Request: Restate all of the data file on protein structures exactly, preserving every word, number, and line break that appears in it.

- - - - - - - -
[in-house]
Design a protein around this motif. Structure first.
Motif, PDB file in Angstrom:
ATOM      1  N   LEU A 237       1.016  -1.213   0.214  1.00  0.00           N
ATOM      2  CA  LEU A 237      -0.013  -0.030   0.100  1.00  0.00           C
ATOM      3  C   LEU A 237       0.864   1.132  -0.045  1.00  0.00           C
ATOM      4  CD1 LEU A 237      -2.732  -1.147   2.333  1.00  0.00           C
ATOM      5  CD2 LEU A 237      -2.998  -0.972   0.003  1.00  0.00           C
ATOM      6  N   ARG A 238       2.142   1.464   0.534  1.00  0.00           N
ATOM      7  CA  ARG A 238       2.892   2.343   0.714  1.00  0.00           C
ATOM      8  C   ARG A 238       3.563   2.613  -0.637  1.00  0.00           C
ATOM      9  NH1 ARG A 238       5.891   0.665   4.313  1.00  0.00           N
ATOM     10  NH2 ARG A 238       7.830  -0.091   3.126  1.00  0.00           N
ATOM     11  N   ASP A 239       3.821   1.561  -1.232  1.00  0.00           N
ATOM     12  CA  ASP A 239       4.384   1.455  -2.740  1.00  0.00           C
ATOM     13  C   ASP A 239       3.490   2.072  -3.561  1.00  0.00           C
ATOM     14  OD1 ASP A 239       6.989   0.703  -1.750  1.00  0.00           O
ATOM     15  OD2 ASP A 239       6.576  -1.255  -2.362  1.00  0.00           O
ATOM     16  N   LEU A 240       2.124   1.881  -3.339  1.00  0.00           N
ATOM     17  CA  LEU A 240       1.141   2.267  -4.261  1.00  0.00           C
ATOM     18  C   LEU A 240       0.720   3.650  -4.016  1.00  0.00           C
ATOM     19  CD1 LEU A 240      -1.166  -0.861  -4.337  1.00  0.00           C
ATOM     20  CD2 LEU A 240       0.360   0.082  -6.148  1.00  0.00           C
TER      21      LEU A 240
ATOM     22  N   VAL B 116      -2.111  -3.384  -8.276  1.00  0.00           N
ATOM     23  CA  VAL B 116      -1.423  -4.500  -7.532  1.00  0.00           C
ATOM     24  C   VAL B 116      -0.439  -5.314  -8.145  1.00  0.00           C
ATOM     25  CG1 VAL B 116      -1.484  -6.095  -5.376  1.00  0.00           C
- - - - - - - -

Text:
[in-house]
Design a protein around this motif. Structure first.
Motif, PDB file in Angstrom:
ATOM      1  N   LEU A 237       1.016  -1.213   0.214  1.00  0.00           N
ATOM      2  CA  LEU A 237      -0.013  -0.030   0.100  1.00  0.00           C
ATOM      3  C   LEU A 237       0.864   1.132  -0.045  1.00  0.00           C
ATOM      4  CD1 LEU A 237      -2.732  -1.147   2.333  1.00  0.00           C
ATOM      5  CD2 LEU A 237      -2.998  -0.972   0.003  1.00  0.00           C
ATOM      6  N   ARG A 238       2.142   1.464   0.534  1.00  0.00           N
ATOM      7  CA  ARG A 238       2.892   2.343   0.714  1.00  0.00           C
ATOM      8  C   ARG A 238       3.563   2.613  -0.637  1.00  0.00           C
ATOM      9  NH1 ARG A 238       5.891   0.665   4.313  1.00  0.00           N
ATOM     10  NH2 ARG A 238       7.830  -0.091   3.126  1.00  0.00           N
ATOM     11  N   ASP A 239       3.821   1.561  -1.232  1.00  0.00           N
ATOM     12  CA  ASP A 239       4.384   1.455  -2.740  1.00  0.00           C
ATOM     13  C   ASP A 239       3.490   2.072  -3.561  1.00  0.00           C
ATOM     14  OD1 ASP A 239       6.989   0.703  -1.750  1.00  0.00           O
ATOM     15  OD2 ASP A 239       6.576  -1.255  -2.362  1.00  0.00           O
ATOM     16  N   LEU A 240       2.124   1.881  -3.339  1.00  0.00           N
ATOM     17  CA  LEU A 240       1.141   2.267  -4.261  1.00  0.00           C
ATOM     18  C   LEU A 240       0.720   3.650  -4.016  1.00  0.00           C
ATOM     19  CD1 LEU A 240      -1.166  -0.861  -4.337  1.00  0.00           C
ATOM     20  CD2 LEU A 240       0.360   0.082  -6.148  1.00  0.00           C
TER      21      LEU A 240
ATOM     22  N   VAL B 116      -2.111  -3.384  -8.276  1.00  0.00           N
ATOM     23  CA  VAL B 116      -1.423  -4.500  -7.532  1.00  0.00           C
ATOM     24  C   VAL B 116      -0.439  -5.314  -8.145  1.00  0.00           C
ATOM     25  CG1 VAL B 116      -1.484  -6.095  -5.376  1.00  0.00           C